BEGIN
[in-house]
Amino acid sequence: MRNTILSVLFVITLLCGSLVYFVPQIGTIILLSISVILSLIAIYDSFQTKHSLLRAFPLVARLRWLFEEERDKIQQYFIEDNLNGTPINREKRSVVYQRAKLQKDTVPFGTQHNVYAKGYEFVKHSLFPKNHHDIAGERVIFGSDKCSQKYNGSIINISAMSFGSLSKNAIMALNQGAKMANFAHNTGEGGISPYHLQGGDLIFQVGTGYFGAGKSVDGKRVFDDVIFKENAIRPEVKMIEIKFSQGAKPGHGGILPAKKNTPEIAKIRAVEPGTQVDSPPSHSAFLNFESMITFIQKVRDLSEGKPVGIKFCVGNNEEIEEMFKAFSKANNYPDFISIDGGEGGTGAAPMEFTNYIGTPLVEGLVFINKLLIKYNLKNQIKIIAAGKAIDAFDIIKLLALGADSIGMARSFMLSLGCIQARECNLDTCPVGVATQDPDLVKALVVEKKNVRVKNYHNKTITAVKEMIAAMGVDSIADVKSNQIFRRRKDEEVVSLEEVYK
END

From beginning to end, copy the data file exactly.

[in-house]
Amino acid sequence: MRNTILSVLFVITLLCGSLVYFVPQIGTIILLSISVILSLIAIYDSFQTKHSLLRAFPLVARLRWLFEEERDKIQQYFIEDNLNGTPINREKRSVVYQRAKLQKDTVPFGTQHNVYAKGYEFVKHSLFPKNHHDIAGERVIFGSDKCSQKYNGSIINISAMSFGSLSKNAIMALNQGAKMANFAHNTGEGGISPYHLQGGDLIFQVGTGYFGAGKSVDGKRVFDDVIFKENAIRPEVKMIEIKFSQGAKPGHGGILPAKKNTPEIAKIRAVEPGTQVDSPPSHSAFLNFESMITFIQKVRDLSEGKPVGIKFCVGNNEEIEEMFKAFSKANNYPDFISIDGGEGGTGAAPMEFTNYIGTPLVEGLVFINKLLIKYNLKNQIKIIAAGKAIDAFDIIKLLALGADSIGMARSFMLSLGCIQARECNLDTCPVGVATQDPDLVKALVVEKKNVRVKNYHNKTITAVKEMIAAMGVDSIADVKSNQIFRRRKDEEVVSLEEVYK